Alphabet Inc (NASDAQ:GOOG, NASDAQ:GOOGL) wrapped up its Google I/O 2017 conference this week and there was no shortage of product updates. Android O, new Google Home features and Google Assistant on Apple Inc.’s (NASDAQ:AAPL) iPhone, to name a few. One of the biggest things to come out of the week, though, is the company’s determination to take over your smartphone camera. Artificial intelligence is making Google Photos smarter that ever, while AI and your smartphone’s camera combine for Google Lens, a new feature that lets Google Assistant analyze what it sees through that camera.
Introduced during the Google I/O 2017 keynote, Google Lens was described as a “set of vision-based computing capabilities.” Which is a rather dry way of saying the company is applying its advanced AI technology to your smartphone camera and integrating the results with Google Assistant.
Samsung Electronics Co Ltd (OTCMKTS:SSNLF) introduced its Bixby personal assistant with the Galaxy S8. One of Bixby’s features is the ability to identify objects such as landmarks and objects that are viewed through the smartphone’s camera. Remember Amazon.com, Inc.’s (NASDAQ:AMZN) Fire Phone? It came with a Firefly feature that let users point the camera at a product, identify it, then buy it on Amazon.
With Google Lens applying artificial intelligence to a smartphone’s camera, GOOGL isn’t breaking new ground.
Yet it’s still one of the most exciting things to come out of Google I/O. Why? Because Google’s application of AI and integration with Google Assistant means Google Lens goes far beyond simply identifying what your camera sees. Point your smartphone at a restaurant and with Google Lens at work, Google Assistant not only identifies the restaurant, but offers up details about it, including ratings. In one demonstration, pointing the camera at a router’s login credentials triggered Google Assistant to automatically log the smartphone in to that Wi-Fi network. And in the photo example, pointing your camera at a billboard identifies a band, the date of a concert and suggests actions like adding the date to your calendar and buying tickets.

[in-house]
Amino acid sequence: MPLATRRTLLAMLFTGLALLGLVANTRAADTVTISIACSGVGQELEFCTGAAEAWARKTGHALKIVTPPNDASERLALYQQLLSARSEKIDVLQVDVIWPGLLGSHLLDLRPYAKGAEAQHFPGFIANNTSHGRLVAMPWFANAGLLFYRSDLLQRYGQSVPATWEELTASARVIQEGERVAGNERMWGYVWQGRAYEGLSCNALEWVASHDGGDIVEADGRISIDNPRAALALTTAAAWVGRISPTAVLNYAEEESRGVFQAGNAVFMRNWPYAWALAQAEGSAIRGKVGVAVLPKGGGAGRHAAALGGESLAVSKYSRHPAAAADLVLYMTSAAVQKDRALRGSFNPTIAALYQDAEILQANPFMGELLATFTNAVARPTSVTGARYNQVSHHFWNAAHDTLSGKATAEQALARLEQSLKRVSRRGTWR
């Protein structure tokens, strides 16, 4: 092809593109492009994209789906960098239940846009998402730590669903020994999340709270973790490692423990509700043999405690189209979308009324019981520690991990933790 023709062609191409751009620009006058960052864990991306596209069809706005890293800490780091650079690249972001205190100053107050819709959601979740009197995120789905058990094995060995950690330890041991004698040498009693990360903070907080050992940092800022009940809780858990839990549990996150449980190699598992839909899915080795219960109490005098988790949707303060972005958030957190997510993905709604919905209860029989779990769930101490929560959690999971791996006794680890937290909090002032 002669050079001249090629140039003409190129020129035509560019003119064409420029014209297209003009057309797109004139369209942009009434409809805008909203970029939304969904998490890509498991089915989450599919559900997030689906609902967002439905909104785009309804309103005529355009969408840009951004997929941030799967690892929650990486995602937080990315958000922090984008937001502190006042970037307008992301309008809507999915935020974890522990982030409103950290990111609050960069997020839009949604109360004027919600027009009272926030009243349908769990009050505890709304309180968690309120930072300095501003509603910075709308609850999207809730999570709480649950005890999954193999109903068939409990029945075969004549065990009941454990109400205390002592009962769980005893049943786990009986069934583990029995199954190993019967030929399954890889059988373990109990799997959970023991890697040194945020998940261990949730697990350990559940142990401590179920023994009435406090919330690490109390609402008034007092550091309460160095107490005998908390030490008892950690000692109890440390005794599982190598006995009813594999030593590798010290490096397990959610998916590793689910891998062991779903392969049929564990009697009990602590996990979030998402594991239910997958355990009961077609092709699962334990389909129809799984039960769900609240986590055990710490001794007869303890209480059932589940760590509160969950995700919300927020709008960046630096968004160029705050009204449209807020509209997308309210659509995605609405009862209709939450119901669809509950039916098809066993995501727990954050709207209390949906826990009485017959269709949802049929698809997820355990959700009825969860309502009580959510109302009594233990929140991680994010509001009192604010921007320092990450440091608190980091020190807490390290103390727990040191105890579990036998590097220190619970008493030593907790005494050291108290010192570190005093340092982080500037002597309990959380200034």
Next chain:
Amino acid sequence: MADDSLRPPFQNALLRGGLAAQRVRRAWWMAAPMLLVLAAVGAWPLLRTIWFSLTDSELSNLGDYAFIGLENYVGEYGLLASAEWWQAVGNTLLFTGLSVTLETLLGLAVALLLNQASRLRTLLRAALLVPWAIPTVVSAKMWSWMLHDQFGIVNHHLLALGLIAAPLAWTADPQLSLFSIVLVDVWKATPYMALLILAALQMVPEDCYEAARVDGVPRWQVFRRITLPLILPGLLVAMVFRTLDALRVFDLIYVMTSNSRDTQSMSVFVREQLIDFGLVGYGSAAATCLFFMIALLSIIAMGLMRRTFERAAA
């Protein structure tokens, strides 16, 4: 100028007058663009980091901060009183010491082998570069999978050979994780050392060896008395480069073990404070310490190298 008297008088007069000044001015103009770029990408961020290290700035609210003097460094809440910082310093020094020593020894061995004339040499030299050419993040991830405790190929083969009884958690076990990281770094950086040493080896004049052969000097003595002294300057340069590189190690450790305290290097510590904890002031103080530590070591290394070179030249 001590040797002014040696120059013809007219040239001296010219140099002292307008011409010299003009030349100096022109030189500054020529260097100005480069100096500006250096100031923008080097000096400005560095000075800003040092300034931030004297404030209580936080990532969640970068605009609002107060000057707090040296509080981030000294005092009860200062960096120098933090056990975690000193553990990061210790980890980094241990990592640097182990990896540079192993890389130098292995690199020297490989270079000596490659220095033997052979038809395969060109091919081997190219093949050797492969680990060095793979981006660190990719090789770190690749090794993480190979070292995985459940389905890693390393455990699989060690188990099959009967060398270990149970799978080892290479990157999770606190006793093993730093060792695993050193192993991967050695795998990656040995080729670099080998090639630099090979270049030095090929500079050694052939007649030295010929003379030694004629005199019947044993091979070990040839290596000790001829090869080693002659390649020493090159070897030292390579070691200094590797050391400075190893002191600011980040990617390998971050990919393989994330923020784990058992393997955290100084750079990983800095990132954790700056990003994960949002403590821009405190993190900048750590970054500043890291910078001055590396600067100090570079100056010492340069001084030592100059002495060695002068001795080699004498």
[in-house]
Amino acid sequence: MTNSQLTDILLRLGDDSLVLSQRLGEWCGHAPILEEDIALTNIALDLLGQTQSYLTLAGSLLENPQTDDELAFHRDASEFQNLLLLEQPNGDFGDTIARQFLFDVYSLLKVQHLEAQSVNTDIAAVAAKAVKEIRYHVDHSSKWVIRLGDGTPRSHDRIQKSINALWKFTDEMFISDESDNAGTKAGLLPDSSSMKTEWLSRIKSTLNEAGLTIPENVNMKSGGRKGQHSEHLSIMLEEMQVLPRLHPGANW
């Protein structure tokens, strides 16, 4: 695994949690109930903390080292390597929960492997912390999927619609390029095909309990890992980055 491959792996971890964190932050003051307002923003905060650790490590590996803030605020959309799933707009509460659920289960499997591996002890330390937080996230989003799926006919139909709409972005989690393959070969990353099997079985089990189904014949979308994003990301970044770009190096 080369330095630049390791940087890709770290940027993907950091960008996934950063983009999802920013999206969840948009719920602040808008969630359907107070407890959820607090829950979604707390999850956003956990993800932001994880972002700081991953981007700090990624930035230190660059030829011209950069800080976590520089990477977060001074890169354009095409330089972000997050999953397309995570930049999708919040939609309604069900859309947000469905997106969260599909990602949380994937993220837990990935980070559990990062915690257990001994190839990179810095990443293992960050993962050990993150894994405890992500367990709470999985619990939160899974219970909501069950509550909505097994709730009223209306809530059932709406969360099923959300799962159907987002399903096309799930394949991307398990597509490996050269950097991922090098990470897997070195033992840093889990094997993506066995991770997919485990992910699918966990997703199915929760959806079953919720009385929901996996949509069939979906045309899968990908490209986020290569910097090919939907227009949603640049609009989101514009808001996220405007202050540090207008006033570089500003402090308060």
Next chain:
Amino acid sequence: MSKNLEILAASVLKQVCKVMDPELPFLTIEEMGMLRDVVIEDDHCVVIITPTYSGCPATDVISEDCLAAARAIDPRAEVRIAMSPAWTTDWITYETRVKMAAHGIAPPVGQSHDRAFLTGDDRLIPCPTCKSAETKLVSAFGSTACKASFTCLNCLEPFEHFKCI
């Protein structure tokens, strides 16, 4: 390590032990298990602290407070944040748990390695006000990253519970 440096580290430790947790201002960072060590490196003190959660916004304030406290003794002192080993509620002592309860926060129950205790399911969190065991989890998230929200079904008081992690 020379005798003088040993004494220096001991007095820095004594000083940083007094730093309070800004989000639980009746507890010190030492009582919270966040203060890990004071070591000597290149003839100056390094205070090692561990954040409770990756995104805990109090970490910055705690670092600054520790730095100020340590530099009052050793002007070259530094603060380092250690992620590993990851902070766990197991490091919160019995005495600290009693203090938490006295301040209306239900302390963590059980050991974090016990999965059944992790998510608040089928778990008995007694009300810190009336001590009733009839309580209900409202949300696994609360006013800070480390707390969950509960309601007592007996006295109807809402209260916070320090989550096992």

In other words, Google Lens has the potential to go far beyond previous attempts to combine a smartphone camera and AI, making the leap from identifying objects to contextually interacting with them.
Google Photos might just be the company’s fastest growing product. At Google I/O 2017, it was announced that the user base has now grown to over 500 million people. They upload 1.2 billion photos and videos every day.
And Google is applying a generous helping of AI and machine learning to make Google Photos even more compelling. Suggested Sharing analyzes your photos, identifies the people in them and correlates that with the contacts you frequently communicate with in Gmail and the Google Photos app itself. It then suggests who you might want to share a specific photo with.
The company also showed off Google Lens technology being used in Google Photos. The AI-driven Google Lens is able to analyze a photograph, determine what you were trying to capture, then automatically clean up the image by removing elements like a finger that got in the way of the camera.
Google Photos also received some additional new features including shared libraries that let you automatically share photos with select users and new printed photo books. Those photo books –with starting prices ranging from $9.99 to $19.99 — are decidedly old school compared to AI, but they’re likely to be big money makers for GOOGL.
At Google I/O 2017, the company may not have had any real blockbuster announcements, but there were many important new features across its many services and products. And one of the more important themes was the application of AI to the smartphone camera. Google Lens has the potential to make Google Assistant and Google Photos killer apps. And because both are available at the app level instead of being inextricably integrated with the Android operating system, GOOGL has the opportunity to push the technology into Apple’s turf as well, with Google Photos and Google Assistant on the iPhone.
As of this writing, Brad Moon did not hold a position in any of the aforementioned securities.